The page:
In the coastal city of Mombasa, Kenya, a rogue lead-smelting factory has left a path of destruction in its wake: at least three dead workers, hundreds of failed pregnancies and stillborns, and more than two dozen children suffering lifelong health effects from breathing in polluted air and stepping in toxic runoff.
The damage might have continued were it not for one Kenyan woman who fought to close down the plant and save an entire community—even amid death threats and an attempted kidnapping.
Today, 36-year-old Phyllis Omido is being honored with the Goldman Environmental Prize, given each year to six exceptional individuals—one from each continent—who undertake “sustained and significant efforts to protect and enhance the natural environment, often at great personal risk.”
The prize is the beginning of yet another journey for Omido: She plans to use the $175,000 award to sue the government agencies that knew about the problems at the smelting plant but did nothing.
“As long as there is no justice, we will keep pushing,” she says.
It’s a hot morning in mid-March as Omido drives us from downtown Mombasa, an urban port and industrial hub, to the city’s outskirts. As we reach the gates of the now-closed factory, Metal Refineries EPZ Ltd., she turns into the narrow dirt alleyways of Owino Uhuru, a neighborhood directly adjacent to the factory. Mud-brick houses with small yards are packed densely together, and young children can be seen walking around with burns on their legs. A man walks with a girl who looks to be two or three years old with a rash on her forehead—a symptom, Omido says, of lead poisoning.
It was here in 2009 that Omido was offered a position as a human resources administrator at Metal Refineries, an Indian-owned factory that had opened the previous year and processed used batteries to extract and recycle the lead.
Born in the rural village of Bunyore in western Kenya, Omido graduated from Nairobi University with a degree in business administration and spent more than a decade handling human resources and other administrative assignments for industrial companies in Mombasa. From the outset, she knew something was wrong at the Metal Refineries factory.
“The fumes—you could not actually breathe in that place,” she recalls. “It was very pungent. It’s like sulfur. Your eyes would be watering. Even the people passing on the road would smell that.”
Three months into her tenure, Omido’s two-year-old son, King David Jeremiah, became sick with a high fever and severe diarrhea. He spent a month in a local hospital before doctors diagnosed him with lead poisoning—presumably the result of breast-feeding by Omido, who had been exposed to lead in the factory. “I cried for days, because it was me that had made him sick,” Omido later told Emma Daly, the communications director at Human Rights Watch. “Immediately I knew I was never, ever going back there.”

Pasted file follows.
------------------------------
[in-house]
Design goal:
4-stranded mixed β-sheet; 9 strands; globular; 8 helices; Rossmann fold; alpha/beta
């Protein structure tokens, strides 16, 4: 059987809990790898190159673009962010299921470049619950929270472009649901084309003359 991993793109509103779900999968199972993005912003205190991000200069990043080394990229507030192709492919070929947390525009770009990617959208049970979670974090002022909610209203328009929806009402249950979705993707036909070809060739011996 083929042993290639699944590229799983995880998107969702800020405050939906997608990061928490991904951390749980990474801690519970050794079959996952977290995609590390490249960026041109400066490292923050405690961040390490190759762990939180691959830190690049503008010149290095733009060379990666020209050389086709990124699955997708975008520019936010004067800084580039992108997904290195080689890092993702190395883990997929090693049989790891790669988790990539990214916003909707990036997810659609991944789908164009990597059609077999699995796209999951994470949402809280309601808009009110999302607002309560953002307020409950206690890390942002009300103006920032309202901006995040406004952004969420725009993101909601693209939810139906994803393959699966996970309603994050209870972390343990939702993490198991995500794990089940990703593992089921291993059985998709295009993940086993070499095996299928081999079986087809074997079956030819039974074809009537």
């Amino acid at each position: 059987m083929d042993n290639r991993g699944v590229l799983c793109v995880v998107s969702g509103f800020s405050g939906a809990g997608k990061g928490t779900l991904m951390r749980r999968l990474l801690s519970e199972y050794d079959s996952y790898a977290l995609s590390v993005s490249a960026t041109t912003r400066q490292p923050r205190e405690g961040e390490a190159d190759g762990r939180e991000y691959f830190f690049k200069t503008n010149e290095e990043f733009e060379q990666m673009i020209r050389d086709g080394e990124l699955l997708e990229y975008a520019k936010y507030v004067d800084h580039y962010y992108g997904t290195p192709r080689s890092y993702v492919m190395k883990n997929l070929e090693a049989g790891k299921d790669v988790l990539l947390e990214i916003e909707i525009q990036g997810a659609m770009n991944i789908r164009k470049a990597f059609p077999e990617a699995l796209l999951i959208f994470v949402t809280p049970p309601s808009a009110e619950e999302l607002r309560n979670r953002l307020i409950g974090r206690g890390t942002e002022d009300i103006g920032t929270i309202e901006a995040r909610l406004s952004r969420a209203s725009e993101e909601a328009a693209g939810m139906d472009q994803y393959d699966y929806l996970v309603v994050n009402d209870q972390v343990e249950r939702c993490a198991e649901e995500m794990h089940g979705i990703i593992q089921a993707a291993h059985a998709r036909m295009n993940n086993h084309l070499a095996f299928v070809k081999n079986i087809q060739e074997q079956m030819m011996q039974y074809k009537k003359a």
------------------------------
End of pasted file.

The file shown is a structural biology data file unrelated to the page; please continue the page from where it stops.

Omido quit her job and began writing letters to Kenya’s government agencies responsible for workplace and environmental safety. Her hope was to shut down the factory, or at least force it to adopt more stringent pollution abatement measures. She also wanted the company to compensate the 400 or so workers and the 3,000 residents of Owino Uhuru affected by its toxic output. Omido says she regularly witnessed the release of untreated water used to wash the batteries directly into the community. When the factory heated battery materials to extreme temperatures to separate the lead from the other materials, dangerous particles flew up and out of the smokestacks at the top of the plant, contaminating the surrounding air.
Like Omido’s son, local employees suffered too. She remembers the Indian managers entering the factory wearing protective gear from head to toe. Kenyan workers, though, were forced to handle battery acid and other toxic materials with no protection. As a white-collar worker with a college degree, Omido was financially stable enough to quit her job when she learned of the hazardous effects on her health. Many workers on the factory floor—most of whom earned about $3.50 per day, she says—didn’t have that option.
She recounts the story of two brothers, both employees at the factory, who pooled their savings each month and sent half to support their elderly mother in nearby Kilifi. They struggled to survive on what was left, and their inability to quit their hazardous jobs cost one of them his life. In June of 2010, Karissa Charo, the older of the two, died at the age of 32 from complications brought on by lead poisoning, Omido says.
But her letters to the government were met with silence. “I thought that the systems would assist the people,” Omido says. “But nothing happened. That’s when I realized the system does not work for the poor people.”
In early 2010, after several more months of Omido writing letters without any response, an incident in the neighborhood reignited the urgency: A young boy was horribly burned by acid drainage from the factory while playing soccer. “He kicked the ball, it went into drainage. He stepped into it and his whole foot was eaten out,” Omido recalls.
She decided there was no time left to wait for government officials to take action. In February 2010, Omido organized two public protests calling for government action against the company. They drew significant media attention, and perhaps as a result, she was arrested and charged with staging an illegal protest during a third protest on April 25, 2012.